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Regular Member

Date Joined Mar 2010
Total Posts : 37
   Posted 3/14/2010 9:11 PM (GMT -6)   
I thought I had just about made my mind up about the treatment to pursue until I read the Q@A's of Dr Catalona provided by a link in one of the posts today.  He obviously is not sold on laproscopic surgery whether robotic-assisted or not.  He provides a good argument with his background of 5,000+ open surgerys and references a study that tends to support his conclusions that, all things considered, open surgery is the preferred method.  I did notice, however, the study he referenced was from 2003-2005 comparing open vs laproscopic.  How on earth has everyone made up their minds which way to go when it's suspect-if not obvious- each doctor thinks their procedure is the best.  I hope to get my stats/info entered tomorrow.  dx2-16-10. Gleason 3+4, 1 adenocarcinoma, 2 PIN, high grade, appointment with Dr Shah, a diVinci surgeon, in Atlanta 22 March.  This forum and everyone on it is a Godsend!  I sure would appreciate hearing from you who have been there done that-either procedure!
John in NC (Chatuge)

Regular Member

Date Joined Apr 2008
Total Posts : 140
   Posted 3/14/2010 9:50 PM (GMT -6)   
I'm glad you found Dr. Catalona's site informative.  There's another article you should read from dated October 13, 2009.  It begins with the statement...."Heightened risks for post operative incontinence and impotence may outweigh any benefits from minimally invasive "keyhole" surgery for prostate cancer , a new study suggests........I'm five weeks out from "open" prostatectomy, and I have 0 regrets.  I'd do it again at the drop of a hat.   Once I decided against radiation or seed implants, I too, wanted robotic surgery.  Then I came across the above referenced article.  When my surgeon  told me he wouldn't perform robotic on me due to prior colon cancer surgery,  I was more than happy to go with "open" surgery.  I was 98% dry when the catheter came out and "took matters to hand" successfully later that day.  When it comes down to peeling those nerve bundles away from the prostate to preserve erectile function, I think I would want a surgeon's "feel" performing that task, but then again, that's just my personal opinion....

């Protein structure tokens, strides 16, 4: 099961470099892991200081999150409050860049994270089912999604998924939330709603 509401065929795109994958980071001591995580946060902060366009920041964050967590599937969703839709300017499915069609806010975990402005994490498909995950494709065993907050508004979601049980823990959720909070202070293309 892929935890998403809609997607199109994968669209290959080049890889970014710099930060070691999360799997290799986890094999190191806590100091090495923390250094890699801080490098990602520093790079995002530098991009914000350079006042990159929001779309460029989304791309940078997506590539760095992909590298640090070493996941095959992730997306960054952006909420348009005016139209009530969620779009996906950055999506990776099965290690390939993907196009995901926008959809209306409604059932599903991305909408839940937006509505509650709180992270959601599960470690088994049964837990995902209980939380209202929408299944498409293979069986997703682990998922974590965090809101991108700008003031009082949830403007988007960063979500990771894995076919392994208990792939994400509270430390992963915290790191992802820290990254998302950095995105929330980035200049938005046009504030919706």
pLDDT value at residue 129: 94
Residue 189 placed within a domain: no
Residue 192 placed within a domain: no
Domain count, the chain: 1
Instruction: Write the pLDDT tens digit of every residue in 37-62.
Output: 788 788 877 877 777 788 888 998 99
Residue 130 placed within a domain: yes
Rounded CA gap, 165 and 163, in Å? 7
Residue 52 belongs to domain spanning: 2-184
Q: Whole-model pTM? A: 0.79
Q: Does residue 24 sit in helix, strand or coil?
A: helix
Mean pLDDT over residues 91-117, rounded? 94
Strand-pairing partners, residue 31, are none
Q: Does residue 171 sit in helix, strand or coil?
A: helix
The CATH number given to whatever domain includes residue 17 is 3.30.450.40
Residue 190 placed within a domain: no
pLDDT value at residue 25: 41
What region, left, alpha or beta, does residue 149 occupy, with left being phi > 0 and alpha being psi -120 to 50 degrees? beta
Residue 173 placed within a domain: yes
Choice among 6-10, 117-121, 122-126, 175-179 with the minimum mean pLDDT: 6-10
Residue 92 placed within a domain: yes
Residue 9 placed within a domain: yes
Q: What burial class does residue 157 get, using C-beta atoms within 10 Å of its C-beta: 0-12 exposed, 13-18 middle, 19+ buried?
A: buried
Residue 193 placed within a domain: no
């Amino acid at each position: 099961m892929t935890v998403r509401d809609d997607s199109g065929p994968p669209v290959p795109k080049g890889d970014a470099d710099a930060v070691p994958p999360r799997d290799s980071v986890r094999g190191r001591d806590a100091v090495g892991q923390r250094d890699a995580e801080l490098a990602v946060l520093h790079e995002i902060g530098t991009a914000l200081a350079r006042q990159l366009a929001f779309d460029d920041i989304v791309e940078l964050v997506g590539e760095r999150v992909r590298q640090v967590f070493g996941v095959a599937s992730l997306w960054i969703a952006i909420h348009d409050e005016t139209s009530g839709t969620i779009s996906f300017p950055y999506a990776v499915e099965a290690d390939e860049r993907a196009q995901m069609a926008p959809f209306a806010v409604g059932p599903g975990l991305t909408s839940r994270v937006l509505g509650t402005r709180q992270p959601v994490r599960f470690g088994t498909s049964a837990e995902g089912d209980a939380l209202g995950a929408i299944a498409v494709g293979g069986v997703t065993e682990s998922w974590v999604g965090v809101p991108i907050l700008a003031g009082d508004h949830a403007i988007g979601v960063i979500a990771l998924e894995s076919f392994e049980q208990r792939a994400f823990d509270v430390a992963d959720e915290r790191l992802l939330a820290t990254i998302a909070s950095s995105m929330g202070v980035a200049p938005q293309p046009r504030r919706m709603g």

1996, Age 48, Stage III Colon Ca, Colon Resection followed by 18 chemo treatments.
2000, Colon Ca Metastasis to upper left lung lobe.  Lung lobe surgically removed.  24 chemo treatments scheduled.  Took 1, declined the rest.
9/08 PSA is 2.8, 12/08 PSA is 4.56??  Chalk it up to prostatitis due to urinary retention after Nissen Fundo Surgery.  VA docs prescribe 30 days of Septra.  Prostate feels normal.  PSA hovers around 4.1.  VA docs want prostate biopsy but can't seem to get me into the schedule.  Continue through Spring and Fall of 2009 thinking I have prostatitis.  Bacteria cultures are always neg.  PSA drops to 3.1 10/09.
12/09 Prostate Biopsy performed
3 of 10 cores positive, 5%, 25%, & 35%, 3 + 3= Gleason Six with perineural invasion.
Doc wants CT Scan due to prior Colon Ca. Findings: "The seminal vesicles are irregular & there is nodularity in the periprostatic fat such that local extension cannot be excluded.  Shotty lymph nodes in both groin measuring 2.3 cm."
Doc wants Endo-rectal MRI (OUCH!) Findings: Mild central zone BPH, no discrete focus of carcinoma is identified, no evidience of invasion into the periprostatic fat or seminal vesicles.  Normal size iliac chain lymph nodes.
2/08/10 Open RP surgery.  Findings: Gleason Six upgraded to Seven.  3 + 4, Stage pT2c, Bilateral w/perineural invasion, No pos lymph nodes,  margins uninvolved, no extraprostatic extension, no seminal vesicle extension,  39 grams, blood loss 1200 ml (didn't want a transfusion & didn't get one) nerve bundles spared bilaterally.  current age-61

Regular Member

Date Joined Dec 2009
Total Posts : 163
   Posted 3/14/2010 10:02 PM (GMT -6)   
I believe the most important thing is to pick the surgeon and let him perform the procedure with which he is most proficient.
I will be having robotic surgery with Dr Joseph Smith at Vanderbilt Medical Center on April 7. I too considered all options.
Once I decided on surgery, I considered both open and robotic for several weeks. I had 4 surgeon interviews.
In the end I chose Dr Smith. He is the only surgeon that I interviewed that had done a great number of both open and robotic. He had done over 2000 open surgeries before switching to robotic some years ago. He has since done over 3000 robotic and stated he is convinced that robotic is superior with the caveat that the surgeon is the most important part of the equation.
Good Luck

Age 55,  PSA = 4.97 on 11/17/09, DRE negative,
Biopsy 12/2/09: 1 of 12 cores positive with less than 5% volume
Gleason 3 + 3 = 6
Prostate Size Estimate on 12/2/09 = 28 cc
RALP is scheduled for April 7, 2010 at Vanderbilt University MC with Dr. Joseph Smith (over 3000 RALPs)

Veteran Member

Date Joined Aug 2007
Total Posts : 1015
   Posted 3/14/2010 10:11 PM (GMT -6)   

You have a right to be confused for many reasons. Here are at least four of those reasons: